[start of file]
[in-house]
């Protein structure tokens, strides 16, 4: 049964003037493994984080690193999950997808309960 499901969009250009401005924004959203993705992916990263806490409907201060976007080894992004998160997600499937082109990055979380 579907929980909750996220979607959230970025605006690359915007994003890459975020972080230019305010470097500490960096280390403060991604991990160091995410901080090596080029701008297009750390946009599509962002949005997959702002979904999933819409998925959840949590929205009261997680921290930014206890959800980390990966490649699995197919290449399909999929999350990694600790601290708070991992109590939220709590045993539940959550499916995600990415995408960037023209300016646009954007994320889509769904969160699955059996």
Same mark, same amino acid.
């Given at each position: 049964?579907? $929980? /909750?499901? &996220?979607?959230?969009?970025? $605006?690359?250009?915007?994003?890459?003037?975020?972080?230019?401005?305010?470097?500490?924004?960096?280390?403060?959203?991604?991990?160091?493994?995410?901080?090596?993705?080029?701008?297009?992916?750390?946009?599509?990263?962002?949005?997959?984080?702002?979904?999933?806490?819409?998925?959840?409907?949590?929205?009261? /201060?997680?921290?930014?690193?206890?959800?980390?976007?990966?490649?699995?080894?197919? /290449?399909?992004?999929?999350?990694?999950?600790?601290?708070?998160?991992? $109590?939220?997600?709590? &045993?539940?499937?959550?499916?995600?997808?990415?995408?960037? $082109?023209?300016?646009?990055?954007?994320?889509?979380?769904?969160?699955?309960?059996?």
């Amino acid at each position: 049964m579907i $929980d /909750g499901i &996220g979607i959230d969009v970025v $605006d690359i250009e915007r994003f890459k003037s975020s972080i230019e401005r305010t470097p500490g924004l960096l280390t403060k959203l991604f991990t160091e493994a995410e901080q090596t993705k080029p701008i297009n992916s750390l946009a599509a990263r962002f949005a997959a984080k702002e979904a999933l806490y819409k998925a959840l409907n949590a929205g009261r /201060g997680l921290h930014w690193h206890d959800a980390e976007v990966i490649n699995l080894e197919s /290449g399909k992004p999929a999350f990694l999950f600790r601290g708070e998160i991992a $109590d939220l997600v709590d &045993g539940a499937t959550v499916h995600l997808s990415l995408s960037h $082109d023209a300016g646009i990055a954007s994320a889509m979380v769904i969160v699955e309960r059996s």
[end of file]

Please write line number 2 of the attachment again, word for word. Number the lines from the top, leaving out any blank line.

């Protein structure tokens, strides 16, 4: 049964003037493994984080690193999950997808309960 499901969009250009401005924004959203993705992916990263806490409907201060976007080894992004998160997600499937082109990055979380 579907929980909750996220979607959230970025605006690359915007994003890459975020972080230019305010470097500490960096280390403060991604991990160091995410901080090596080029701008297009750390946009599509962002949005997959702002979904999933819409998925959840949590929205009261997680921290930014206890959800980390990966490649699995197919290449399909999929999350990694600790601290708070991992109590939220709590045993539940959550499916995600990415995408960037023209300016646009954007994320889509769904969160699955059996």